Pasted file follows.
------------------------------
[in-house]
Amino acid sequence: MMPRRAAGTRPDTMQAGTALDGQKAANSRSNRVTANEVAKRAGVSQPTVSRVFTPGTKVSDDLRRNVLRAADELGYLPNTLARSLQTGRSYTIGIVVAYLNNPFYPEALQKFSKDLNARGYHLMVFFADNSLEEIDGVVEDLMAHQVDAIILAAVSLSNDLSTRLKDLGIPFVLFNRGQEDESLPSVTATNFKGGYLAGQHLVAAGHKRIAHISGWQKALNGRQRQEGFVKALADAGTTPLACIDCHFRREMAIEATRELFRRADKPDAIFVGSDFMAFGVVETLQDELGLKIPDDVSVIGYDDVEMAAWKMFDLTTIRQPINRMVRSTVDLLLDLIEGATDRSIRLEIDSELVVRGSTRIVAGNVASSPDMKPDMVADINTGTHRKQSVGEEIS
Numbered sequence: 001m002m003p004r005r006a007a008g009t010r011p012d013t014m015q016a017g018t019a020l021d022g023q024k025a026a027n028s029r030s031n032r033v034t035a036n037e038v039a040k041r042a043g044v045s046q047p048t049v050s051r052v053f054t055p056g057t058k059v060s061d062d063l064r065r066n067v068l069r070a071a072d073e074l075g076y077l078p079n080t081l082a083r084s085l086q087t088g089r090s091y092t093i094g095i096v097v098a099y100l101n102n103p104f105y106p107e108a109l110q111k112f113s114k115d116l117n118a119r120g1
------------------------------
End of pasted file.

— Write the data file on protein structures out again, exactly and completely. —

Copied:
[in-house]
Amino acid sequence: MMPRRAAGTRPDTMQAGTALDGQKAANSRSNRVTANEVAKRAGVSQPTVSRVFTPGTKVSDDLRRNVLRAADELGYLPNTLARSLQTGRSYTIGIVVAYLNNPFYPEALQKFSKDLNARGYHLMVFFADNSLEEIDGVVEDLMAHQVDAIILAAVSLSNDLSTRLKDLGIPFVLFNRGQEDESLPSVTATNFKGGYLAGQHLVAAGHKRIAHISGWQKALNGRQRQEGFVKALADAGTTPLACIDCHFRREMAIEATRELFRRADKPDAIFVGSDFMAFGVVETLQDELGLKIPDDVSVIGYDDVEMAAWKMFDLTTIRQPINRMVRSTVDLLLDLIEGATDRSIRLEIDSELVVRGSTRIVAGNVASSPDMKPDMVADINTGTHRKQSVGEEIS
Numbered sequence: 001m002m003p004r005r006a007a008g009t010r011p012d013t014m015q016a017g018t019a020l021d022g023q024k025a026a027n028s029r030s031n032r033v034t035a036n037e038v039a040k041r042a043g044v045s046q047p048t049v050s051r052v053f054t055p056g057t058k059v060s061d062d063l064r065r066n067v068l069r070a071a072d073e074l075g076y077l078p079n080t081l082a083r084s085l086q087t088g089r090s091y092t093i094g095i096v097v098a099y100l101n102n103p104f105y106p107e108a109l110q111k112f113s114k115d116l117n118a119r120g1